Each of Torridon’s three great ridge walks provide a unique mountain experience. On a sunny day, Beinn Eighe sparkles with alpine brightness, topped completely in quartzite icing. The hidden gem though nestles on the far side of the range, with the turquoise waters of Loch Coire Mhic Fhearchair lapping gently against the magnificent cliffs of the Triple Buttress.
Best to park at the small parking area near the bridge (OS ref NR 958568). Walk East up the road for about a mile and the follow the clear path that leads up towards Coire an Laoigh. The grassy start soon steepens as it approaches the quartzite ‘wall’. The route up the side gets pretty steep and eroded in places, but the direction you need to follow is pretty clear. Up !
After reaching the floor of the corrie, there is just one final push until you arrive on the main ridge – where a fantastic view of Liathach suddenly opens up in front of you.
A short detour along the ridge to your right, via quite a narrow crest, takes you to the first Munro of the day, Spidean Coire nan Clach. From here, you get a great view along the Eastern ridge of Beinn Eighe.
Retrace your steps along the crest and follow this for a mile or so, the dark hulk of Liathach contrasting in your view as you pick your way across the dazzling quartzite top of Beinn Eighe.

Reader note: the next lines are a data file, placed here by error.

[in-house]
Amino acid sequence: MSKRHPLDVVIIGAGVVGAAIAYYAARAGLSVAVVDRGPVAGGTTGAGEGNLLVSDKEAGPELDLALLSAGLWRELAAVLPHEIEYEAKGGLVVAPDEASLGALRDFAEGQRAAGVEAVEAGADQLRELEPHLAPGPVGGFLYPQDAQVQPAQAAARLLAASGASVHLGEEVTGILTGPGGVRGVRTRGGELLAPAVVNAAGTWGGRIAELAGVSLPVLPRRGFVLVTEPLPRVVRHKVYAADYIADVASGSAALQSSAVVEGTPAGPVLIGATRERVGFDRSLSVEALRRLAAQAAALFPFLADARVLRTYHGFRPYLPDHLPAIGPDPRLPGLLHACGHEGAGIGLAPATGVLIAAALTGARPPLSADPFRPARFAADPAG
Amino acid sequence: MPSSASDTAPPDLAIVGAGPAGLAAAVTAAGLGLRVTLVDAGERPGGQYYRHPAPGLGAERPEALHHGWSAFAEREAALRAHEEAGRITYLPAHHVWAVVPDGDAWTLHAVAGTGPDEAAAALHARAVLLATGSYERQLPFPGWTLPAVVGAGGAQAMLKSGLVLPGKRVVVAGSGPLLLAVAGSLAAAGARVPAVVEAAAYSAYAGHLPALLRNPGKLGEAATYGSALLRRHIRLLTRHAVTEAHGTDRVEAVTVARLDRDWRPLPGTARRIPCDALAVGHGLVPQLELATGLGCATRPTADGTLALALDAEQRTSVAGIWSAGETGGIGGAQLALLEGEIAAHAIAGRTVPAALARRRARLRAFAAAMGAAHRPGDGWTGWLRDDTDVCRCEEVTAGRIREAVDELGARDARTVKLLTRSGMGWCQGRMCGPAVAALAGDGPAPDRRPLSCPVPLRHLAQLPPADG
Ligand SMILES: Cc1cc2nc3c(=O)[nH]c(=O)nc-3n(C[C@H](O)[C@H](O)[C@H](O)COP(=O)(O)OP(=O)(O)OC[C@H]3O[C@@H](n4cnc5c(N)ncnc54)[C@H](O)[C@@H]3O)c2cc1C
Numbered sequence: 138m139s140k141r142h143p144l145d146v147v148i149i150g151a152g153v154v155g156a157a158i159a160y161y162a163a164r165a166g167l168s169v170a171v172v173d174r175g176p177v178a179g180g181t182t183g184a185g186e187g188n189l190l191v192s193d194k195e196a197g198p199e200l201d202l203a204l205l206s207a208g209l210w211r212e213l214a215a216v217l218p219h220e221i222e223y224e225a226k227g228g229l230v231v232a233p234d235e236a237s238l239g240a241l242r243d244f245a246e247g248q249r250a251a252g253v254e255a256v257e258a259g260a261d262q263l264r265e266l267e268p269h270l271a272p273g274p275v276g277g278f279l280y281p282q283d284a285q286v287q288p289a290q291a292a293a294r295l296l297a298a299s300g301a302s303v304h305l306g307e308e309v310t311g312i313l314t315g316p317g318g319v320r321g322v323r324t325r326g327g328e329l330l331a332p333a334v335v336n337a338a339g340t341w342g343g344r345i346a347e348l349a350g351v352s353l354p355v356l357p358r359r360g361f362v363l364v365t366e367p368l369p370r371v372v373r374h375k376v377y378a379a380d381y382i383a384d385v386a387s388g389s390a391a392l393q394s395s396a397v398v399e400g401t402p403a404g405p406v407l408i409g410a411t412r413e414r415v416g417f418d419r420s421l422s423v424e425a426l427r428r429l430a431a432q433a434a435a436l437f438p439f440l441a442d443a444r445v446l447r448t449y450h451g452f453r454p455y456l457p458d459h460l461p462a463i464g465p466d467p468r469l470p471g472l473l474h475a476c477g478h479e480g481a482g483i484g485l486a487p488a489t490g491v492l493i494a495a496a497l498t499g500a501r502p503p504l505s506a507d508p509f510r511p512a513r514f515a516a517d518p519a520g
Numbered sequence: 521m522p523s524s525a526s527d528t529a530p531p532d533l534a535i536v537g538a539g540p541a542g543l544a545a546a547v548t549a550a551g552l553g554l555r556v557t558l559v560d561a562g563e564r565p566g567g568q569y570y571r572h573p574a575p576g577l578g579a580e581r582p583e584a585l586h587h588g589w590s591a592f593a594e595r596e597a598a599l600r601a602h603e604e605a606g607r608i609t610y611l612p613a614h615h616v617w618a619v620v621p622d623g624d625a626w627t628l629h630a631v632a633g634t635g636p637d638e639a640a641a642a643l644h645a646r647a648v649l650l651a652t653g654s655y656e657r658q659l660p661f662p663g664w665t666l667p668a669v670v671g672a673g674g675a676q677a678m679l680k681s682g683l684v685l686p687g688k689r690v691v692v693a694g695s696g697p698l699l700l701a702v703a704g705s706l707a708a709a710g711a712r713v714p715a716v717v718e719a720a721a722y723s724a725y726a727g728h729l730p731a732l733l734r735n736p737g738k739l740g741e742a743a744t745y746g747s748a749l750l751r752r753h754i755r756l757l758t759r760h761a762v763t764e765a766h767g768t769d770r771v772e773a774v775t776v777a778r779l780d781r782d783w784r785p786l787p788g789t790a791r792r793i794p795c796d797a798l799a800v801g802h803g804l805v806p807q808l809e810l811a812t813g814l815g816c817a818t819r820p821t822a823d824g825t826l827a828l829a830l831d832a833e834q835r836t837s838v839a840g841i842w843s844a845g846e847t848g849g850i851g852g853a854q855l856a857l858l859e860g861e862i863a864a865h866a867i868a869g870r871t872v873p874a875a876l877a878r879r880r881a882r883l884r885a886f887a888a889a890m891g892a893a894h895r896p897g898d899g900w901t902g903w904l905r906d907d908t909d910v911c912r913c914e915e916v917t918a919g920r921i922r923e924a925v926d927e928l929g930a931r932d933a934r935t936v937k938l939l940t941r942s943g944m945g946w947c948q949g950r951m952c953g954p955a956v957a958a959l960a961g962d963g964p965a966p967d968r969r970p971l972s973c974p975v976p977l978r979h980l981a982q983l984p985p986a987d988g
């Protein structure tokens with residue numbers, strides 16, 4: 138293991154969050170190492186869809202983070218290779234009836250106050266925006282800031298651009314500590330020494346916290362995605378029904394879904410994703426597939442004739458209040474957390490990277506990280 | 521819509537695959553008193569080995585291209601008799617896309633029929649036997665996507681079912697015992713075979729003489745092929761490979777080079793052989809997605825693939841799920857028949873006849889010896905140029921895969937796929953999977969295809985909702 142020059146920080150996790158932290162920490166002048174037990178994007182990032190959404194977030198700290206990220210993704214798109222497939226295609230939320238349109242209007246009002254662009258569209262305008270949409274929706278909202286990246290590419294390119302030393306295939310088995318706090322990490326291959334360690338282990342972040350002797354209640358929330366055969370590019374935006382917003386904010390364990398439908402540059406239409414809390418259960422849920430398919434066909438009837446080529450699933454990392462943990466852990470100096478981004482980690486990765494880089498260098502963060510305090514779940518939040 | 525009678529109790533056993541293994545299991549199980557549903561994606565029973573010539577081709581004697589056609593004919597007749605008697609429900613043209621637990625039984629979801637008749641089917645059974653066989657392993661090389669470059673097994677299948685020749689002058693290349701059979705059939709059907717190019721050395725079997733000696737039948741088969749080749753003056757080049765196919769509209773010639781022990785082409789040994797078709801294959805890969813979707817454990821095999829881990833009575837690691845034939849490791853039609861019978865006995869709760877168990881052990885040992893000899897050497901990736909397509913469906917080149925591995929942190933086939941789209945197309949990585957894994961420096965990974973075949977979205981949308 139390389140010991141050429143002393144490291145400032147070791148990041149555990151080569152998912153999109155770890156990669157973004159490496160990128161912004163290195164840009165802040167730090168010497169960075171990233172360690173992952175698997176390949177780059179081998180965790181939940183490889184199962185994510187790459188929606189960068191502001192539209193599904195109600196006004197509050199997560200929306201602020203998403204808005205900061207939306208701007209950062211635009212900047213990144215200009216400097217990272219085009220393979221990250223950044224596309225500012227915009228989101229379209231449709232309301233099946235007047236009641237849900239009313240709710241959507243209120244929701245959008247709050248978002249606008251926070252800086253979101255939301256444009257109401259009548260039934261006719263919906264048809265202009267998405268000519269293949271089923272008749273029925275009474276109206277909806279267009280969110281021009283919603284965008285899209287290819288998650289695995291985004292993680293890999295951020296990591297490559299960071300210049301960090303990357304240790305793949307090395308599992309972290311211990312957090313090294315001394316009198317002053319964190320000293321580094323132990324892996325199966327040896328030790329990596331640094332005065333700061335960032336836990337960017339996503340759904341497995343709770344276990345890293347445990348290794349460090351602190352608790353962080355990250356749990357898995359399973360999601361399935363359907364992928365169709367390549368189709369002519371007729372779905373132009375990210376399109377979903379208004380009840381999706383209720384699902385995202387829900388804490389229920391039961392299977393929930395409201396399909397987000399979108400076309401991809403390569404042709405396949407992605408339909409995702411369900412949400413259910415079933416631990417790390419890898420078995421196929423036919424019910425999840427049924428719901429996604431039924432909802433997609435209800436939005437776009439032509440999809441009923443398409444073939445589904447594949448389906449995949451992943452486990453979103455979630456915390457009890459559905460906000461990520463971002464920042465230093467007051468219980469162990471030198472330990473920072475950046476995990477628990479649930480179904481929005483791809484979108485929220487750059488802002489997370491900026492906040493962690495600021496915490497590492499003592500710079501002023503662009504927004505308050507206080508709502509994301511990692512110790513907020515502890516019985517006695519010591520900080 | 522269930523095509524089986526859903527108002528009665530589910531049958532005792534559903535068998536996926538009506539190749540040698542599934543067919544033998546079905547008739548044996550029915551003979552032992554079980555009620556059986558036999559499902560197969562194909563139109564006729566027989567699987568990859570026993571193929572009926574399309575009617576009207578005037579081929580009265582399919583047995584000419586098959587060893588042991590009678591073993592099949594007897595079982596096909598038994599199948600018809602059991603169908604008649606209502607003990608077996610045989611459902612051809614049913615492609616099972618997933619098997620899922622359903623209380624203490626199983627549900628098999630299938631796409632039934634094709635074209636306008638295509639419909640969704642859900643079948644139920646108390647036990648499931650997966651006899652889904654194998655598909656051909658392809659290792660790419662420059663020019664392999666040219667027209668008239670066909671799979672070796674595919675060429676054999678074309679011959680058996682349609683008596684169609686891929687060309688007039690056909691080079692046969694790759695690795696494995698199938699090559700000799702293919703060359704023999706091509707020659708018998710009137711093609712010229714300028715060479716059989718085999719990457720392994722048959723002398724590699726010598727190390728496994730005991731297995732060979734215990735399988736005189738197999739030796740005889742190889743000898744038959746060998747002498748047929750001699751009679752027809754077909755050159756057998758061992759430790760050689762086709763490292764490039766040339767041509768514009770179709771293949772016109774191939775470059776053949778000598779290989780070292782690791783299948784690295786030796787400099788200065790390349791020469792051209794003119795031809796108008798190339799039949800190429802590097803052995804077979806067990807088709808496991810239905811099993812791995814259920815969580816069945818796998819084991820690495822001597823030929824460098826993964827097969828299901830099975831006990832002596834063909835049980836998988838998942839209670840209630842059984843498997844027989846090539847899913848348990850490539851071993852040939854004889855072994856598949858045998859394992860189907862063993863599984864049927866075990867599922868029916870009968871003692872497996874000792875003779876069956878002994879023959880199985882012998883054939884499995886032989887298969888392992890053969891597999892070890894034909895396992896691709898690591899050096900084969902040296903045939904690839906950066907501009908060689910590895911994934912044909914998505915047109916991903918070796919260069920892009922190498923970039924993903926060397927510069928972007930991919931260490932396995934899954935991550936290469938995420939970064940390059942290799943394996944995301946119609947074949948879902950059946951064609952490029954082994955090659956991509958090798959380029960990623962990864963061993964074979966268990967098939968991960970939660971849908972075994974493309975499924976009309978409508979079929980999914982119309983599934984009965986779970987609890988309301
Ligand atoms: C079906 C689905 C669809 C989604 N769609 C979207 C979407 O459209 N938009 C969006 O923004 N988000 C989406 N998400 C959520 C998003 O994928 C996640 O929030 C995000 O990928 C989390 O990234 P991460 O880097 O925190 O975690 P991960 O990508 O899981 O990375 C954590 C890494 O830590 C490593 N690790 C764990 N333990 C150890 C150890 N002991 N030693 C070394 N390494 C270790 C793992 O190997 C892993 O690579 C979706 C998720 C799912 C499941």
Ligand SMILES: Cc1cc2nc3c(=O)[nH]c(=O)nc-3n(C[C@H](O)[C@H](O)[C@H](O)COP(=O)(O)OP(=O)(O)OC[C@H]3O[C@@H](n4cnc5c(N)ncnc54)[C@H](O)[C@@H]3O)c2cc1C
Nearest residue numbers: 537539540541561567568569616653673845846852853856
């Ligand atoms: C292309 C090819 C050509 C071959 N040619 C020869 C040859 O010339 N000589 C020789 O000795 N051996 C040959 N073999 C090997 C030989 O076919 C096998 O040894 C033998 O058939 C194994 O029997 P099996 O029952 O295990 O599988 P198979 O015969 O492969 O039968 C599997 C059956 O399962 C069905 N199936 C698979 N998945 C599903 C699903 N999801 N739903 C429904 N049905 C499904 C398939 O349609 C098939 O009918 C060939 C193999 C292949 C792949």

The highest point of the range is Ruadh-stac Mhor, sticking out Northwards and at right angles to the rest of the ridge. The advantage is that you get a fantastic viewpoint covering most of the Torridon mountains.
A great day out so far – but now the fun bumps up a gear! Firstly, retracing back to the main ridge shows the only way down : a really steep scree gully.
Sam and I really love scree runs – but this one is pretty warn and we took plenty of spills along with our thrills on the way down. Once at the bottom of the scree, you emerge into boulder field straight out of a geography text book on ice-age features.
By this time we were really hot – and the cool blue loch looked far too inviting to ignore. A quick check that there was no-one around (a couple of red deer didn’t count), and I was in ! Fantastic !! So refreshing after the climbing and scree run. The huge cliffs towering over the Loch mean that every sound you make (including the squeal as you jump in) echo straight back to you at seemingly twice the volume. Definitely my favourite swim – ever.
Sam, being a teenager, wasn’t quite so keen on the idea of skinny-dipping in a frozen lake in the middle of nowhere! However, after a few minutes he couldn’t resist, only to emerge in a panic. Expecting a few feet of water, Sam slid straight into – and under – the smooth surface. Unfortunately his glasses didn’t emerge wih their owner. Twenty minutes of duck diving later, I finally spotted the white rims, deep down in 15′ of water. A couple of dives later and they were back where they belonged. Most highland lochs are so peaty that this recovery would have been impossible : luckily Loch Coire Mhic Fhearchair is no ordinary loch, the water being beautifully clear.
Enough excitement for one day. The route back skirts the far end of the loch and contours around the west end of Beinn Eighe, then squeezing back through the gap between it and Liathach. This would be a great little walk in itself – even if you don’t fancy the walls and screes of the high mountain trail.